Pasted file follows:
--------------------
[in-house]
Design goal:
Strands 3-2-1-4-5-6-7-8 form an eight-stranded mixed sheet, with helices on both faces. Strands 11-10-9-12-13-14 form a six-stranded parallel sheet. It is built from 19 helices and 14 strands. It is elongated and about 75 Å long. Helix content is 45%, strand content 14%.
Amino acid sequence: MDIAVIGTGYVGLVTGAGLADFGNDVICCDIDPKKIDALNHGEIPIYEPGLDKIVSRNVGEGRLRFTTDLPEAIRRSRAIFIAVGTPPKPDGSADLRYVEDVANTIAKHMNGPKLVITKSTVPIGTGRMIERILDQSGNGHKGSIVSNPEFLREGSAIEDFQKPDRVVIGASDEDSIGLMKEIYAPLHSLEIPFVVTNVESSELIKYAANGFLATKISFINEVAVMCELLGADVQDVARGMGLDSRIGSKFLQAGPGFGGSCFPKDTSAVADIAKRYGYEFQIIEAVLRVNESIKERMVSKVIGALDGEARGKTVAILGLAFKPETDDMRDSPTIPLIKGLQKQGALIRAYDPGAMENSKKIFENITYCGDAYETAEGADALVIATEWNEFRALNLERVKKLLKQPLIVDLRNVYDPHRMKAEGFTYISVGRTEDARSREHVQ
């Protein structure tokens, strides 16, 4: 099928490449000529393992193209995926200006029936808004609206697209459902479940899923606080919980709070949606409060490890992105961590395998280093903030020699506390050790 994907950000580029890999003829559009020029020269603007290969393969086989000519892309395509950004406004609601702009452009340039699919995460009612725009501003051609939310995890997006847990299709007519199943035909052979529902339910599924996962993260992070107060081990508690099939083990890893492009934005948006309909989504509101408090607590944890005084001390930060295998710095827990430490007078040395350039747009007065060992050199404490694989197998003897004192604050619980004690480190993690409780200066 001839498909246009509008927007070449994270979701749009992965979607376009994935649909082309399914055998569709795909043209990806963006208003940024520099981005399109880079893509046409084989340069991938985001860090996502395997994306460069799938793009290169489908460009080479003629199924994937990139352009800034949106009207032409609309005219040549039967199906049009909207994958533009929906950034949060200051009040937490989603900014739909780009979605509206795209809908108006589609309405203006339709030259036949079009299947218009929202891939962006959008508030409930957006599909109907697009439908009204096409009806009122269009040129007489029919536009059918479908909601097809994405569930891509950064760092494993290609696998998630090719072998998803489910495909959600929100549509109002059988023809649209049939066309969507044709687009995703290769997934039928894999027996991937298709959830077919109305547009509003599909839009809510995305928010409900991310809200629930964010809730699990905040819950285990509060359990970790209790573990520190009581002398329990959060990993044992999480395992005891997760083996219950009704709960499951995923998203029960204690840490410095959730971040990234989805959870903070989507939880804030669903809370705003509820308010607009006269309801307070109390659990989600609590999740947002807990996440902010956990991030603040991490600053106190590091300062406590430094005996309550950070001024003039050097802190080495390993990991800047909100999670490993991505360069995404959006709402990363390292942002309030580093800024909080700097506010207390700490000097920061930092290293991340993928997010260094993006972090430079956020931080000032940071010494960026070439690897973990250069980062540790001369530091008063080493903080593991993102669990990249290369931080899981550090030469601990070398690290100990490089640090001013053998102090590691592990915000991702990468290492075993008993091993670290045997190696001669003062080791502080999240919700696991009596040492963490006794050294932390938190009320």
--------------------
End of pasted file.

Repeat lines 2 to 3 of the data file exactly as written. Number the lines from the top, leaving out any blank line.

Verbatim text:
Design goal:
Strands 3-2-1-4-5-6-7-8 form an eight-stranded mixed sheet, with helices on both faces. Strands 11-10-9-12-13-14 form a six-stranded parallel sheet. It is built from 19 helices and 14 strands. It is elongated and about 75 Å long. Helix content is 45%, strand content 14%.